Sage, a spice you might associate with some of your favorite soup and poultry-stuffing recipes, is a Mediterranean herb that has delightfully downy ornamental leaves and flowers and makes an appearance in many home gardens. Sage is a hardy evergreen that is easy to grow and also boasts a broad range of potential health benefits.
Antioxidants in sage may help improve cardiovascular health and prevent degenerative conditions such as Alzheimer's disease by inhibiting oxidation of fats, according to the biology department of the University of Wisconsin, LaCrosse. A laboratory animal study published in the November 2012 issue of the "International Journal of Molecular Medicine" found that sage inhibits formation of foam cells, white blood cells in the linings of arteries that accumulate fat and promote arterial plaque formation. A study published in the December 2011 issue of the journal "Phytotherapy Research" found that supplementation with 500 milligrams of sage three times per day for two months lowered levels of low-density lipoprotein, or LDL, the bad form of cholesterol, and raised levels of high-density lipoprotein, or HDL, the good form of cholesterol, with no adverse side effects.
Mood and Memory
Sage may help keep you calm and alert and enhance learning, memory and mood while you are young and prevent cognitive decline in older age. A study published in the August 2011 issue of the "Journal of Psychopharmacology" found that sage essential oil improved cognitive function and mood in healthy adults. Participants took 50 microliters of sage essential oil per day for seven days. Results showed that the sage extract started to work within one hour to improve memory and attention. Four hours after the dose, mental fatigue and alertness were improved.
Anti-inflammatory and antibacterial benefits of sage essential oil help keep your mouth and gums healthy and ward off throat and upper-respiratory infections, according to herbalists Barbara and Peter Theiss, coauthors of the book "The Family Herbal: A Guide to Natural Health Care for Yourself and Your Children From Europe's Leading Herbalists." A study published in the December 2011 issue of the "International Dental Journal" concluded that sage and other medicinal herbs may offer a natural alternative to current forms of oral health treatment with fewer side effects than traditional drugs.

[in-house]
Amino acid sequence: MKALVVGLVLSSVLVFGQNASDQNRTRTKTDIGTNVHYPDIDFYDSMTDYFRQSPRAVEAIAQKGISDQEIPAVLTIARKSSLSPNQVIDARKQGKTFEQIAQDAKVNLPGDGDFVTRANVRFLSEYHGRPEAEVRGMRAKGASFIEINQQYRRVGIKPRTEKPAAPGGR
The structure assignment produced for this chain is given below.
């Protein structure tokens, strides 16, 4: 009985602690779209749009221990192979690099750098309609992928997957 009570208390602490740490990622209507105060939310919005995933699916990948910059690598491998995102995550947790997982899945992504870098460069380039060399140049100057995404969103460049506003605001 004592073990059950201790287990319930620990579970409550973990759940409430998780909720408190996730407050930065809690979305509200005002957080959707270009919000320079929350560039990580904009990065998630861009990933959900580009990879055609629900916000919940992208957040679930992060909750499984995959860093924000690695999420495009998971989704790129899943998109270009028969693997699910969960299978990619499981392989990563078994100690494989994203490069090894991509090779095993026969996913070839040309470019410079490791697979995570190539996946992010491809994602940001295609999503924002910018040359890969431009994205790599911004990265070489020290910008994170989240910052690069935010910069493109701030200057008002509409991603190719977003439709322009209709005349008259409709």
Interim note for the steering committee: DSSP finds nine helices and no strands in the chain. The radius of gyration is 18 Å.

Menstrual pain was significantly reduced with a combination of essential oils from lavender, marjoram and a type of sage known as clary sage in a study published in the May 2012 issue of the "Journal of Obstetrics and Gynecology Research." Participants applied the oil combination daily from the end of one menstrual period to the beginning of the next. Results showed that the duration of pain was reduced by 75 percent.
- University of Wisconsin Lacrosse Biology Department: Salvia officinalis
- International Journal of Molecular Medicine: Sage Weed (Salvia Plebeia) Extract Antagonizes Foam Cell Formation and Promotes Cholesterol Efflux in Murine Macrophages
- Phytotherpy Research: Antihyperlipidemic Effects of Salvia Officinalis L. Leaf Extract in Patients With Hyperlipidemia: A Randomized Double-Blind Placebo-Controlled Clinical Trial
- Journal of Psychopharmacology: Monoterpenoid Extract of Sage (Salvia Lavandulaefolia) with Cholinesterase Inhibiting Properties Improves Cognitive Performance and Mood in Healthy Adults
- International Dental Journal: Herbs in Dentistry
- Journal of Obstetrics and Gynecology Research: Pain Relief Assessment by Aromatic Essential Oil Massage on Outpatients with Primary Dysmenorrhea: A Randomized, Double-Blind Clinical Trial
- The Family Herbal: A Guide to Natural Health Care for Yourself and Your Children From Europe's Leading Herbalists; Barbara Theiss and Peter Theiss
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